Have you ever had a new idea? And have you ever tried to convince your boss to give that new idea a go? Was it met with open arms – or crushed by a raised eyebrow, stalled by a request for a business case or met with a negative “that’s not how we do things here”?
For most of us – regardless of whether our idea is good or bad – it’s likely that we’ll be met with nonchalance, indifference or negativity. The truth is: most people are apprehensive about change. We like routines and systems, and are uncomfortable with the uncertainty that new ideas might bring.
So it shouldn’t come as a surprise when your employer isn’t overjoyed at the prospect of your revolutionary thinking – however big or small. They may see you as the spreader of uncertainty. Even if your idea has the potential to make their life easier, quicker or more impactful, it’s likely that in their opinion “everything is working just fine as it is”.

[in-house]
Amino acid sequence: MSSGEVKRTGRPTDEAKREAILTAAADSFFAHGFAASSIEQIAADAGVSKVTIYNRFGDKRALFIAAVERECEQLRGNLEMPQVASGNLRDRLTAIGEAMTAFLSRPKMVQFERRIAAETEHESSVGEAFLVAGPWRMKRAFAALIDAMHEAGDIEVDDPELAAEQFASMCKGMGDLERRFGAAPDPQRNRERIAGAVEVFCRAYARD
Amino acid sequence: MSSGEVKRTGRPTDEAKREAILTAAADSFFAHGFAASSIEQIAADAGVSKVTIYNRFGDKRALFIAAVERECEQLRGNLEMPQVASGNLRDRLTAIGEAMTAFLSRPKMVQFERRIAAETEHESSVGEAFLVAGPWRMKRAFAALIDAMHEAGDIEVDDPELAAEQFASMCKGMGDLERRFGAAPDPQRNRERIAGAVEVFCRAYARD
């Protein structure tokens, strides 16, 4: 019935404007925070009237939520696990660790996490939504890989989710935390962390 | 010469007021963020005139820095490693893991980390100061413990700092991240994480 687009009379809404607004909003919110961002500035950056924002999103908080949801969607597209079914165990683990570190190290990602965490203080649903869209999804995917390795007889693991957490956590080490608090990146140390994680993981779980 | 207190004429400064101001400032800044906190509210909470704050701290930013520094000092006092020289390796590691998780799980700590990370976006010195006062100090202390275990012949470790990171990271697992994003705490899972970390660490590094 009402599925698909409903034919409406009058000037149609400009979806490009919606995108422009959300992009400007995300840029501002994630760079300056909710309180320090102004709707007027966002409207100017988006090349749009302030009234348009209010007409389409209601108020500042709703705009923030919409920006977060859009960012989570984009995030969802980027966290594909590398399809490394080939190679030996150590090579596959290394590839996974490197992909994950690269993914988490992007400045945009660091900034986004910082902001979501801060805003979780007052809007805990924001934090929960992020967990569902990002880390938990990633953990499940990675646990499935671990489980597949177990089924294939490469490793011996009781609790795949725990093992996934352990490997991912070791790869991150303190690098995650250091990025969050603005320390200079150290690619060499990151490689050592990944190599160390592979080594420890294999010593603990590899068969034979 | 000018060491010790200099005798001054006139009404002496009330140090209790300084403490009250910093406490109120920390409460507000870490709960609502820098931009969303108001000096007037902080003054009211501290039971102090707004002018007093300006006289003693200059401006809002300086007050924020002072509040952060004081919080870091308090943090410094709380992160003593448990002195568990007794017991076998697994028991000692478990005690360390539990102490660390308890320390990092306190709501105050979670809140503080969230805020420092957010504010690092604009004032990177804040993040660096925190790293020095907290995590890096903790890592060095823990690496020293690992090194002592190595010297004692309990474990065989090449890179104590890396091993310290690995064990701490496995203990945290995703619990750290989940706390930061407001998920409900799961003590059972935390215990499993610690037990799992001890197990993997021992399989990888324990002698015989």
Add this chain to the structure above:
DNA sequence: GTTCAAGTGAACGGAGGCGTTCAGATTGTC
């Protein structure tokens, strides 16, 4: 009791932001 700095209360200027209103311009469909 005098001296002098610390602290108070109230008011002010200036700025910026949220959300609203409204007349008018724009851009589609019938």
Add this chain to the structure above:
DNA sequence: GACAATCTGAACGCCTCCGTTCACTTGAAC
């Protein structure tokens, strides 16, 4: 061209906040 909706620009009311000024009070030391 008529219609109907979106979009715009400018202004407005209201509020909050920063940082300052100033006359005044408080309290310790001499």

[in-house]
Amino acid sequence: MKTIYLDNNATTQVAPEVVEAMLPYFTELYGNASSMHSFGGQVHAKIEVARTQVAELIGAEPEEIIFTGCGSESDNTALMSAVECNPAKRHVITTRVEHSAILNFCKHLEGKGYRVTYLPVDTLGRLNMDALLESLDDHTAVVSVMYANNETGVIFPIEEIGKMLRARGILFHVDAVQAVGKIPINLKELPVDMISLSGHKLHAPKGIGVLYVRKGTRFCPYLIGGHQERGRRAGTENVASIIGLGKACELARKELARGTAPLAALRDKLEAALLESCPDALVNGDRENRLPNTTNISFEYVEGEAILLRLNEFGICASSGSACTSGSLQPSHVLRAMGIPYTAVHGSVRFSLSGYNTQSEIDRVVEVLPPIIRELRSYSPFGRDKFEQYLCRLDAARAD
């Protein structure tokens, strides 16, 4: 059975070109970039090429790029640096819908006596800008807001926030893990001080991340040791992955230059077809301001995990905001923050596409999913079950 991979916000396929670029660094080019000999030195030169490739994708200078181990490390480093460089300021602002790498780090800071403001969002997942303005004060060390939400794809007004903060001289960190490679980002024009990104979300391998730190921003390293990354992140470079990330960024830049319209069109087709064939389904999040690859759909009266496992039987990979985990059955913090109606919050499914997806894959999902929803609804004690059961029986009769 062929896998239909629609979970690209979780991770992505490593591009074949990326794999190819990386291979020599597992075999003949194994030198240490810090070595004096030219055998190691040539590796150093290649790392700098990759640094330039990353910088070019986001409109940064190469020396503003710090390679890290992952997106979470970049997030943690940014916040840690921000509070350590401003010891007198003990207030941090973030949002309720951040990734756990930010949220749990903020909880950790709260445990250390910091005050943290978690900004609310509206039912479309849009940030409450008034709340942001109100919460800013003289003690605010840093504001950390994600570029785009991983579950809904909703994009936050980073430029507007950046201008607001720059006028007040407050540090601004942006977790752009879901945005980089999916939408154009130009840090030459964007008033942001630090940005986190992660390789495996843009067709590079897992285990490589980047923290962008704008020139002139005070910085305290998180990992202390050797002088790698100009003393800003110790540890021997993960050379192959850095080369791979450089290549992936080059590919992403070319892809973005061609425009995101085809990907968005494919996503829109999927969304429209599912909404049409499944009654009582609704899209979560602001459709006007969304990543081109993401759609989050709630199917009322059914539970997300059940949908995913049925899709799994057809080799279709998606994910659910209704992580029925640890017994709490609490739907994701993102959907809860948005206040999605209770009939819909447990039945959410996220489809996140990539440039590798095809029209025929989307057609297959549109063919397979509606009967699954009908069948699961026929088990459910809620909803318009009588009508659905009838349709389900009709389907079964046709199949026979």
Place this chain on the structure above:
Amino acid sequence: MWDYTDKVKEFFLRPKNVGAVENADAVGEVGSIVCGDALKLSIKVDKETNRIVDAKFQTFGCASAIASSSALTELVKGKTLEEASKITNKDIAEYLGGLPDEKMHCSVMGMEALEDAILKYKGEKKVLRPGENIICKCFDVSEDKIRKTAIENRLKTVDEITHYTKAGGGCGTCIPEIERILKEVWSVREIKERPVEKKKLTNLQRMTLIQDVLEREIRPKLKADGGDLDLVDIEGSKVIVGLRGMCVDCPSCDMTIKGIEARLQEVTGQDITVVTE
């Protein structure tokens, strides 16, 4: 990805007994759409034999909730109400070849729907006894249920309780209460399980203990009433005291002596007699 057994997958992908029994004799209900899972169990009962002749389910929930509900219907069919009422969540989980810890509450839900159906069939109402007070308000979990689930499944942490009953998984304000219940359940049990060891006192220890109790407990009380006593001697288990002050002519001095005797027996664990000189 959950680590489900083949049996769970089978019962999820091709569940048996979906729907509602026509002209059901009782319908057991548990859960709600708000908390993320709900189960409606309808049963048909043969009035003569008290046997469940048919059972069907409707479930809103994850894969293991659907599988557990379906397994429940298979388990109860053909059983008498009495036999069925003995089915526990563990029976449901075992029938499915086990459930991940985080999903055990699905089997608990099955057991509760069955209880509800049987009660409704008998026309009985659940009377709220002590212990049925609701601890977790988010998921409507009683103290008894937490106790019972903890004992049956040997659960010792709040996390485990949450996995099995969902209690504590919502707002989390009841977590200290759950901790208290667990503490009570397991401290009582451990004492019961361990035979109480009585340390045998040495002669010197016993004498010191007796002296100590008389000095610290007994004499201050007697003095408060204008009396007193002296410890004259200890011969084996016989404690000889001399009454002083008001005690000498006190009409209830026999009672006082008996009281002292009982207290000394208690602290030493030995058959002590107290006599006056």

Having ideas is the easy bit. Making them happen can be the truly difficult task. Here’s some tips to help you:
- Manage your own expectations
Don’t expect anyone else to like your idea. If it really is a new or drastically different way of approaching things, it’s more likely to scare the living daylights out of your employer.
- It’s about them – not you
Spend a bit of time thinking about the person you are trying to convince. What’s in it for them if they? For example, how might supporting your idea help them impress their boss, shareholders or even their partner?
- Pick your moment
When approaching the person you need to convince, choose your time carefully. If they work from a diary, then make an appointment. Don’t just bound up to their desk brimming with enthusiasm. If they are busy with something else, then you are unlikely to get a positive response. If they are a coffee-loving morning person, then meet them first thing and armed with caffeinated drinks. Read more